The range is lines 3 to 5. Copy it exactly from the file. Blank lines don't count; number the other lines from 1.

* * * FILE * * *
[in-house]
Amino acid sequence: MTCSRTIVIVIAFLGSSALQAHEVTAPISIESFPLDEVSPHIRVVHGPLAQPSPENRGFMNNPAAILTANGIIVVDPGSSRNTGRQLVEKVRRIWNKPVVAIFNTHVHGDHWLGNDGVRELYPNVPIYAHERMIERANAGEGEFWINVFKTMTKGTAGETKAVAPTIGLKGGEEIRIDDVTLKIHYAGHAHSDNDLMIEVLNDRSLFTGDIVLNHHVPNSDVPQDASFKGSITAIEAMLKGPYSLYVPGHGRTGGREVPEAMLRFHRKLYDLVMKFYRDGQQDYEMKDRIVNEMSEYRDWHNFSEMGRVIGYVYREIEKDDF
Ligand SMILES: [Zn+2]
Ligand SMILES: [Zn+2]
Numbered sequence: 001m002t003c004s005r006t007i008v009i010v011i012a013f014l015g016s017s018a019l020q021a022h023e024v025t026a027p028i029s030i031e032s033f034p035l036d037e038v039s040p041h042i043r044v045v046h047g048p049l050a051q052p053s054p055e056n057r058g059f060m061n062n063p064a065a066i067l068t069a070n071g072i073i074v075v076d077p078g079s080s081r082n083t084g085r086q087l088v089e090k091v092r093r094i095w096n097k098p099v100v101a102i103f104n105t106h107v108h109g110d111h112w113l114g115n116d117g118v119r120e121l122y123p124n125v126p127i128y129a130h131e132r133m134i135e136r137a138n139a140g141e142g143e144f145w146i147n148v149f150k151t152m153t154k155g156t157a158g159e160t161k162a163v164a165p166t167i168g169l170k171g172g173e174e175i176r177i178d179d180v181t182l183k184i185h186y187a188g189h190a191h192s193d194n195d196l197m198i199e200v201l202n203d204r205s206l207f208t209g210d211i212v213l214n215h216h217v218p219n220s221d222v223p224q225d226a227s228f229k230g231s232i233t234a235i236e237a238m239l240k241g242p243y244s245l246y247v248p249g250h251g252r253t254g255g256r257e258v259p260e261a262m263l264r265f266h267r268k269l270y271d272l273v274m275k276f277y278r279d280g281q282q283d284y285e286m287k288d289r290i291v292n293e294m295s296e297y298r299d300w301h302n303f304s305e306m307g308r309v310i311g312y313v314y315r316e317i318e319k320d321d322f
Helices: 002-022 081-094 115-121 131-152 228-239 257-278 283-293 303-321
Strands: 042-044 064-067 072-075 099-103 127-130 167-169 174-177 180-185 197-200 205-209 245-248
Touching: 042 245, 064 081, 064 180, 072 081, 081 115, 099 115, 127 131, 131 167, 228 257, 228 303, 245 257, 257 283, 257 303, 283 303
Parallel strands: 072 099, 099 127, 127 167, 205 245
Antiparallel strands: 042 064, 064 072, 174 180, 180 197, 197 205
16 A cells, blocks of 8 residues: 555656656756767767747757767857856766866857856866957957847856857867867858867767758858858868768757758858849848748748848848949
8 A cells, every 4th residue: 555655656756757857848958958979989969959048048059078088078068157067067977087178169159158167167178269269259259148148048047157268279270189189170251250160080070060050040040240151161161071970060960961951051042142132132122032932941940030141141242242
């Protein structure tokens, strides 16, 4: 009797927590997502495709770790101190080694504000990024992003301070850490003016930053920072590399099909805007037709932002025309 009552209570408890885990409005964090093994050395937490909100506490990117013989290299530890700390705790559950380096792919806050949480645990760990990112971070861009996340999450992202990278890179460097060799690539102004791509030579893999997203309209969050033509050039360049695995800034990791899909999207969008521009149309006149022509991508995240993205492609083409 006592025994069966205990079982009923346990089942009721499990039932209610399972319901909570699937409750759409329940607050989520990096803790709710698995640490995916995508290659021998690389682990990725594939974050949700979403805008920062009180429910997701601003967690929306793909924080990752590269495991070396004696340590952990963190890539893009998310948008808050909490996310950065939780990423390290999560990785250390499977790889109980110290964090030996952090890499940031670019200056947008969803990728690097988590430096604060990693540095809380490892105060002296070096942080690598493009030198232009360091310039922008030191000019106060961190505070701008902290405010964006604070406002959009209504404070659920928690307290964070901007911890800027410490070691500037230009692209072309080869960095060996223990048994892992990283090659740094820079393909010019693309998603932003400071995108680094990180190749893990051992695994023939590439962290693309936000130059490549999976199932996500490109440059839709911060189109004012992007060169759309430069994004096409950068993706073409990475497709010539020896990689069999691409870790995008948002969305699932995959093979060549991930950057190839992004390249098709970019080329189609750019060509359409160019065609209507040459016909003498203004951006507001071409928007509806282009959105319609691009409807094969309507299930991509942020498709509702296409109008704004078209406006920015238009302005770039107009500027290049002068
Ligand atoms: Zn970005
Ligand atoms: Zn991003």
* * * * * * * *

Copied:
Ligand SMILES: [Zn+2]
Ligand SMILES: [Zn+2]
Numbered sequence: 001m002t003c004s005r006t007i008v009i010v011i012a013f014l015g016s017s018a019l020q021a022h023e024v025t026a027p028i029s030i031e032s033f034p035l036d037e038v039s040p041h042i043r044v045v046h047g048p049l050a051q052p053s054p055e056n057r058g059f060m061n062n063p064a065a066i067l068t069a070n071g072i073i074v075v076d077p078g079s080s081r082n083t084g085r086q087l088v089e090k091v092r093r094i095w096n097k098p099v100v101a102i103f104n105t106h107v108h109g110d111h112w113l114g115n116d117g118v119r120e121l122y123p124n125v126p127i128y129a130h131e132r133m134i135e136r137a138n139a140g141e142g143e144f145w146i147n148v149f150k151t152m153t154k155g156t157a158g159e160t161k162a163v164a165p166t167i168g169l170k171g172g173e174e175i176r177i178d179d180v181t182l183k184i185h186y187a188g189h190a191h192s193d194n195d196l197m198i199e200v201l202n203d204r205s206l207f208t209g210d211i212v213l214n215h216h217v218p219n220s221d222v223p224q225d226a227s228f229k230g231s232i233t234a235i236e237a238m239l240k241g242p243y244s245l246y247v248p249g250h251g252r253t254g255g256r257e258v259p260e261a262m263l264r265f266h267r268k269l270y271d272l273v274m275k276f277y278r279d280g281q282q283d284y285e286m287k288d289r290i291v292n293e294m295s296e297y298r299d300w301h302n303f304s305e306m307g308r309v310i311g312y313v314y315r316e317i318e319k320d321d322f